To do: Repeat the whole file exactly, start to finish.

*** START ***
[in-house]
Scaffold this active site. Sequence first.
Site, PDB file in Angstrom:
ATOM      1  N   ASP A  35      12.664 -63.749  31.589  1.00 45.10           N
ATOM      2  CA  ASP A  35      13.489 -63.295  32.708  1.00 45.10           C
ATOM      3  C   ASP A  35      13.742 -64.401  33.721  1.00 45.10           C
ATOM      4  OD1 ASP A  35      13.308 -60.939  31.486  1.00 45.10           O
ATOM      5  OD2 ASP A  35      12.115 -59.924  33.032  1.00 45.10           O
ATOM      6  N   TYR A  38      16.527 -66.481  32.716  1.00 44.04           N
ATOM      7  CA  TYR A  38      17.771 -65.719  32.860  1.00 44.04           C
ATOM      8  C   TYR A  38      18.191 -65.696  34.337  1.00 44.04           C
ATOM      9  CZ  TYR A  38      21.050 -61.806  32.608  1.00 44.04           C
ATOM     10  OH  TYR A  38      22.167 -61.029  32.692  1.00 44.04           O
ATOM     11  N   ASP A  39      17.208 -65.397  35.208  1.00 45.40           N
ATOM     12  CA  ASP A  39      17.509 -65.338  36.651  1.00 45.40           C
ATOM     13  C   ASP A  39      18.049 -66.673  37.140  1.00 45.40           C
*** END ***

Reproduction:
[in-house]
Scaffold this active site. Sequence first.
Site, PDB file in Angstrom:
ATOM      1  N   ASP A  35      12.664 -63.749  31.589  1.00 45.10           N
ATOM      2  CA  ASP A  35      13.489 -63.295  32.708  1.00 45.10           C
ATOM      3  C   ASP A  35      13.742 -64.401  33.721  1.00 45.10           C
ATOM      4  OD1 ASP A  35      13.308 -60.939  31.486  1.00 45.10           O
ATOM      5  OD2 ASP A  35      12.115 -59.924  33.032  1.00 45.10           O
ATOM      6  N   TYR A  38      16.527 -66.481  32.716  1.00 44.04           N
ATOM      7  CA  TYR A  38      17.771 -65.719  32.860  1.00 44.04           C
ATOM      8  C   TYR A  38      18.191 -65.696  34.337  1.00 44.04           C
ATOM      9  CZ  TYR A  38      21.050 -61.806  32.608  1.00 44.04           C
ATOM     10  OH  TYR A  38      22.167 -61.029  32.692  1.00 44.04           O
ATOM     11  N   ASP A  39      17.208 -65.397  35.208  1.00 45.40           N
ATOM     12  CA  ASP A  39      17.509 -65.338  36.651  1.00 45.40           C
ATOM     13  C   ASP A  39      18.049 -66.673  37.140  1.00 45.40           C